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New York state law classifies rape in three categories, according to the New York Penal Code. Rape represents one of the most serious types of crimes for which a person can be prosecuted. As a consequence, a person charged with rape needs to understand the general elements of applicable law, needs to understand legal rights and must appreciate the importance of retaining a skilled, experienced Staten Island rape lawyer.
Definition of Rape
New York state law defines rape as non-consensual sexual intercourse perpetrated on an alleged victim by force, coercion, threat of physical force or other type of duress. Pursuant to New York rape statutes, sexual intercourse has its ordinary meaning, and occurs no matter how light the penetration may be in a particular case. Rape has been a crime for centuries, although the penalties have evolved over time, along with who and when a person can be charged with the crime, according to Cornell Law School.
Degrees of Rape
First degree rape in New York is defined as sexual intercourse perpetrated by force. In addition, a person can be charged with first degree rape if the alleged victim is less than 11 years of age or if the alleged victim is less than 13 years of age and the alleged perpetrator is 18 years of age or older.
Second degree rape is defined as sexual intercourse with a person incapable of consenting because of being mentally disabled or incapacitated. Second degree can also be charged if the alleged victim is under the age of 15 and the alleged perpetrator is over the age of 18.
Finally, third degree rape is defined as sexual intercourse with a person incapable of consent for some reason other than being under the age of 17. A person can be charged with third degree rape if he is over the age of 21 and the alleged victim is less than 17 years of age.
Statutory rape is another derivation of the crime. Statutory rape is sexual intercourse with a person under the age of 17. The law in New York presumes that a person under the age of 17 legally is incapable of consenting to sexual intercourse.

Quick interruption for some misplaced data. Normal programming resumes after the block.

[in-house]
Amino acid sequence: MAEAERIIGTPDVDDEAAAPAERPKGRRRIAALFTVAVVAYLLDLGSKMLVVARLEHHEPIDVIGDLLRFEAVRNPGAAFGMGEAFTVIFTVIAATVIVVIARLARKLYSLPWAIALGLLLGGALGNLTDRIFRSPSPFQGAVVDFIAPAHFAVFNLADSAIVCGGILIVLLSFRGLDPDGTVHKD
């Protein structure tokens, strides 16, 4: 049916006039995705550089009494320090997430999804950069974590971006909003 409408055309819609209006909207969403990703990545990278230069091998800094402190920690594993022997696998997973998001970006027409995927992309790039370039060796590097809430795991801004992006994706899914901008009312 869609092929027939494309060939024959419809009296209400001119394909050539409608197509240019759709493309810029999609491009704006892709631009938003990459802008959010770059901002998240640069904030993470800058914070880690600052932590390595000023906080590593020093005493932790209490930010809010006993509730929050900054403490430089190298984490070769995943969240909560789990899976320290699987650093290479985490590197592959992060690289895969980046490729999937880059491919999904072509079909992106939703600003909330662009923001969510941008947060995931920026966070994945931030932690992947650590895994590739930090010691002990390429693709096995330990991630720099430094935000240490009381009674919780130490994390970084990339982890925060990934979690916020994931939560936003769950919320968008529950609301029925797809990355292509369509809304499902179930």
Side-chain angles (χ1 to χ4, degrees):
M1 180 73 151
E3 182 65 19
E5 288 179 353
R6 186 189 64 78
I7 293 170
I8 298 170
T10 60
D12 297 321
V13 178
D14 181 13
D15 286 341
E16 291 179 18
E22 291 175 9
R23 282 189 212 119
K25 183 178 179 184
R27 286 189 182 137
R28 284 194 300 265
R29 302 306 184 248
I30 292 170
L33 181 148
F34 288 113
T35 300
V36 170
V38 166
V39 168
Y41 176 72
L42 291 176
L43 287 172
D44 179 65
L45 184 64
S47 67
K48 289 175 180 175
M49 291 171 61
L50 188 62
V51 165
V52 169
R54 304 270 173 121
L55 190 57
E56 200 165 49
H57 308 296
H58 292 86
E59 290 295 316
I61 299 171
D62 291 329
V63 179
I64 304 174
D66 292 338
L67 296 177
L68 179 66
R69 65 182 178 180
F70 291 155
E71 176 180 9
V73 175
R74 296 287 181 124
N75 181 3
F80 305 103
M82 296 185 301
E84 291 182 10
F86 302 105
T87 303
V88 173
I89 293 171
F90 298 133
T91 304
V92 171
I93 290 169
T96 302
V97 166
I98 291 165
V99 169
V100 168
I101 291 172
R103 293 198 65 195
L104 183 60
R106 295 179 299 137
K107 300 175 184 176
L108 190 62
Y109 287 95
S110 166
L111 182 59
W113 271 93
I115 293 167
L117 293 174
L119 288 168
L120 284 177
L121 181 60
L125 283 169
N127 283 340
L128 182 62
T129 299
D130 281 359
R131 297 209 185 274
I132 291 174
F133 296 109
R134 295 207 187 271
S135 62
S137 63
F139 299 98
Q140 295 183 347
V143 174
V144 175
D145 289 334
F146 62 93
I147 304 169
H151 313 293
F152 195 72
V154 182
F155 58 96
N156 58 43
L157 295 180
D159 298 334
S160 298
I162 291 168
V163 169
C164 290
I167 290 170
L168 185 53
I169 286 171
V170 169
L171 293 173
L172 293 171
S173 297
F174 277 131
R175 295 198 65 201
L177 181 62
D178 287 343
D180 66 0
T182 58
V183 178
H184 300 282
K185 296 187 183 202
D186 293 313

First degree rape is a Class B felony and second degree rape is a Class D felony. Third degree rape is a Class E felony.
Penalties for Rape
A conviction for first degree can result in a prison term of five to 15 years, and a possible fine of up to $5,000. Second degree rape can result in a sentence of one to seven years in prison and a fine of up to $5,000. Finally, a conviction of third degree rape can result in a prison sentence of up to four years and a $5,000 fine.
In the aftermath of a rape conviction, a person will be required to submit to the sex offender registry in the state of New York. The registry requirement can continue to the remainder of a person’s lifetime after a rape conviction.
A person convicted of rape will also likely be required to obtain counseling or treatment of some nature. This determination can be made on a case-by-case basis.
Defenses for Rape
There are a number of defenses that are used in rape cases. One common defense in a rape case is that the alleged victim consented to engaging in sexual intercourse with the purported perpetrator. The defense of consent oftentimes arises in a so-called “date rape” case.
A defense to certain rape charges is a contention that the alleged perpetrator did not know of an incapacity suffered by the alleged victim. For example, the alleged perpetrator was reasonably unaware that the alleged victim had a mental disease or defect.
Another defense utilized in rape cases involves a contention that someone else committed the crime. A defense attorney will contend that his or her client is wrongly identified as the perpetrator of the crime charged. This most commonly is called an insanity defense.
In some limited instances, a defense in a rape case is the contention that the alleged perpetrator suffers from a mental illness. Even if a person suffers from a mental illness does not mean that the condition rises to the level of legal insanity. An experienced Staten Island rape attorney can ascertain the appropriateness of an insanity defense.
Engage Experienced Staten Island Rape Lawyers